El-Erian Says He is Pessimistic About a US-China Trade Deal

Economist Mohamed El-Erian said Monday that he’s becoming more and more pessimistic that the U.S. and China can reach a deal to resolve their trade and technology disputes.

“The Chinese made a fundamental mistake strategically at the beginning, realizing they should have followed the path of Mexico and Canada in making concessions quickly,” he told CNBC, referring to the United States Mexico Canada Agreement.

El-Erian, chief economic advisor at Allianz, was not encouraged by President Donald Trump’s Monday comments from the G-7 summit in France that China called and said it’s ready to come back to the negotiating table.



The continued tariff escalations on both sides make it “much harder to get an agreement,” said El-Erian, former CEO of Allianz-owned Pimco. “So the best we can hope for is not even a truce, it’s a ceasefire. What we saw today is somewhat of a ceasefire.”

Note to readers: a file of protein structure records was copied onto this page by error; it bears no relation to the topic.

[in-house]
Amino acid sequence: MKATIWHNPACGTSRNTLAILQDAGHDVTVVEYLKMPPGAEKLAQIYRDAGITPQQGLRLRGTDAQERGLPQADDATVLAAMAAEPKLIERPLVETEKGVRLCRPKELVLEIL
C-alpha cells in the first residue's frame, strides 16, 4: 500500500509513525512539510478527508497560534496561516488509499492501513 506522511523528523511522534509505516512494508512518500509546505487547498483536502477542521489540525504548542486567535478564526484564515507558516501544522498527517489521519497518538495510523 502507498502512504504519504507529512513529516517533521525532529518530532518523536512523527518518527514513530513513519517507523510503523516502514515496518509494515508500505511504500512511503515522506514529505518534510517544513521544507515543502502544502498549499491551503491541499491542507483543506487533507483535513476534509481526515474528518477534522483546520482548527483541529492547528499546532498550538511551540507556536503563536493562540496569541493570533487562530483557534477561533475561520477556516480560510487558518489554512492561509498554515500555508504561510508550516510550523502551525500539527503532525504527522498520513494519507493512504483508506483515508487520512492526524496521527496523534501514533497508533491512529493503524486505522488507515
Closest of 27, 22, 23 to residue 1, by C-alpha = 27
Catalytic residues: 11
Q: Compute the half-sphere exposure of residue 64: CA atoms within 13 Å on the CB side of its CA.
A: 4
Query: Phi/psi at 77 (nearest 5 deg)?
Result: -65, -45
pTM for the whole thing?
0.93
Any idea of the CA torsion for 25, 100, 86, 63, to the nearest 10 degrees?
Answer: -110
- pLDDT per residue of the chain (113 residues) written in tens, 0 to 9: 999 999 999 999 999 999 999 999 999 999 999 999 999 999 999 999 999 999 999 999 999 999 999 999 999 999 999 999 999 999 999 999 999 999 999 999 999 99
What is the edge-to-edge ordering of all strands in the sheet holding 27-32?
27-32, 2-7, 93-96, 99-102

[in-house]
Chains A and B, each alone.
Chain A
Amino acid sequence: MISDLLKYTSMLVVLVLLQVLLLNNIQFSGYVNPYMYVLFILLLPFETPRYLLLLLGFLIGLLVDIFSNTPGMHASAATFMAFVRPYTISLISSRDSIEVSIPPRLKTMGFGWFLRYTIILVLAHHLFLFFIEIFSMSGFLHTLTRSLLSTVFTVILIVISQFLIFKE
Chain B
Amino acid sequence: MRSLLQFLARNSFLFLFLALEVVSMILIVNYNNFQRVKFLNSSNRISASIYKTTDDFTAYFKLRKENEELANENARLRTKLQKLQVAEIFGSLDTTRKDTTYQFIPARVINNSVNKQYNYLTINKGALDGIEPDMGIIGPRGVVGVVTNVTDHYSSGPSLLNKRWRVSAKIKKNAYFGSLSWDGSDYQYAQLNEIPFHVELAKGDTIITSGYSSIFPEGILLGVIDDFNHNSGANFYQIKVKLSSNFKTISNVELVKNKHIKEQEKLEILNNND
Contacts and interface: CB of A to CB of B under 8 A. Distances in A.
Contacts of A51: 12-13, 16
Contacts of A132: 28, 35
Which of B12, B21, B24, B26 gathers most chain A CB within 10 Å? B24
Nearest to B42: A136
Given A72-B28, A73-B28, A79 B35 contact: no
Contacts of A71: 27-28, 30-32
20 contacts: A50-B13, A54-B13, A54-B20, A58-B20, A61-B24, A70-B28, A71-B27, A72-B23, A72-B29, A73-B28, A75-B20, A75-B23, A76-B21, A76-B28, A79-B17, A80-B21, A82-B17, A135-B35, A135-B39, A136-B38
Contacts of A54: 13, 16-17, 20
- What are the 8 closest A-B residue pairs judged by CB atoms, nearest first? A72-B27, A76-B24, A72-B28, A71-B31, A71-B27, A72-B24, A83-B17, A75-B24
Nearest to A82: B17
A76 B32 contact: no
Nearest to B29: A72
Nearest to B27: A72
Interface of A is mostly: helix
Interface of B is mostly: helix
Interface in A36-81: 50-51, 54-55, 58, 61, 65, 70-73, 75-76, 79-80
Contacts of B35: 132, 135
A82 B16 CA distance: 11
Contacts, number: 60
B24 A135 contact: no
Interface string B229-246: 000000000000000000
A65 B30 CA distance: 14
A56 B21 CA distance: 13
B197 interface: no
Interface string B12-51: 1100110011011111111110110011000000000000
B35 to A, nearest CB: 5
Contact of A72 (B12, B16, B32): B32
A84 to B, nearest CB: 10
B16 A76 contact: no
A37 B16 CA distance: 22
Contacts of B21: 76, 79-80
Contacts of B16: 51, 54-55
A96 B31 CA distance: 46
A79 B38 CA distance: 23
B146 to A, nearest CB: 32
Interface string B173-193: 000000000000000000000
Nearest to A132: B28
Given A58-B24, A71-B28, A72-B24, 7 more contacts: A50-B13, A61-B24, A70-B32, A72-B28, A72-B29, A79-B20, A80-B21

Before leaving Washington on Friday, Trump said he will raise the existing tariff rate on $250 billion in Chinese products to 30% from 25% on Oct. 1. Additionally, the president said, tariffs on another $300 billion of Chinese goods, which start Sept. 1 and Dec. 15, will now be at a rate of 15% instead of 10%.

via CNBC

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Alfonso Esparza

Alfonso Esparza

Senior Currency Analyst at Market Pulse
Alfonso Esparza specializes in macro forex strategies for North American and major currency pairs. Upon joining OANDA in 2007, Alfonso Esparza established the MarketPulseFX blog and he has since written extensively about central banks and global economic and political trends. Alfonso has also worked as a professional currency trader focused on North America and emerging markets. He has been published by The MarketWatch, Reuters, the Wall Street Journal and The Globe and Mail, and he also appears regularly as a guest commentator on networks including Bloomberg and BNN. He holds a finance degree from the Monterrey Institute of Technology and Higher Education (ITESM) and an MBA with a specialization on financial engineering and marketing from the University of Toronto.
Alfonso Esparza